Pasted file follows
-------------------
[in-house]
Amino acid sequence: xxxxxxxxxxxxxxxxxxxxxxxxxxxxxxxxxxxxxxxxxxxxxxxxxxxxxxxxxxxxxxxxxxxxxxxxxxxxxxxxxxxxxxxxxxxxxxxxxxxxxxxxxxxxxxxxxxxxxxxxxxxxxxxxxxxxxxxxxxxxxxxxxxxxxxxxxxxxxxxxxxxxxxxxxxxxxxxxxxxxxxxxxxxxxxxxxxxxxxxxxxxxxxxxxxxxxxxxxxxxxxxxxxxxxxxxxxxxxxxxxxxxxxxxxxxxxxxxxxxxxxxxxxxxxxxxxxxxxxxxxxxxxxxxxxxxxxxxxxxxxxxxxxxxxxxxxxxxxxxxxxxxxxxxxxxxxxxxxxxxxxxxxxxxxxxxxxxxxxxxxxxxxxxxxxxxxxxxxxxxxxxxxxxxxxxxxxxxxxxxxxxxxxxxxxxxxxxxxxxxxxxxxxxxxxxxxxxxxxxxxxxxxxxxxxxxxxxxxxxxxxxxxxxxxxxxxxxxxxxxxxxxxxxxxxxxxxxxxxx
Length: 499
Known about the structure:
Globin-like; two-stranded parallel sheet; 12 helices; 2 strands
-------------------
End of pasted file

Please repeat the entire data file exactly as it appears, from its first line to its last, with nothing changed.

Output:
[in-house]
Amino acid sequence: xxxxxxxxxxxxxxxxxxxxxxxxxxxxxxxxxxxxxxxxxxxxxxxxxxxxxxxxxxxxxxxxxxxxxxxxxxxxxxxxxxxxxxxxxxxxxxxxxxxxxxxxxxxxxxxxxxxxxxxxxxxxxxxxxxxxxxxxxxxxxxxxxxxxxxxxxxxxxxxxxxxxxxxxxxxxxxxxxxxxxxxxxxxxxxxxxxxxxxxxxxxxxxxxxxxxxxxxxxxxxxxxxxxxxxxxxxxxxxxxxxxxxxxxxxxxxxxxxxxxxxxxxxxxxxxxxxxxxxxxxxxxxxxxxxxxxxxxxxxxxxxxxxxxxxxxxxxxxxxxxxxxxxxxxxxxxxxxxxxxxxxxxxxxxxxxxxxxxxxxxxxxxxxxxxxxxxxxxxxxxxxxxxxxxxxxxxxxxxxxxxxxxxxxxxxxxxxxxxxxxxxxxxxxxxxxxxxxxxxxxxxxxxxxxxxxxxxxxxxxxxxxxxxxxxxxxxxxxxxxxxxxxxxxxxxxxxxxxxx
Length: 499
Known about the structure:
Globin-like; two-stranded parallel sheet; 12 helices; 2 strands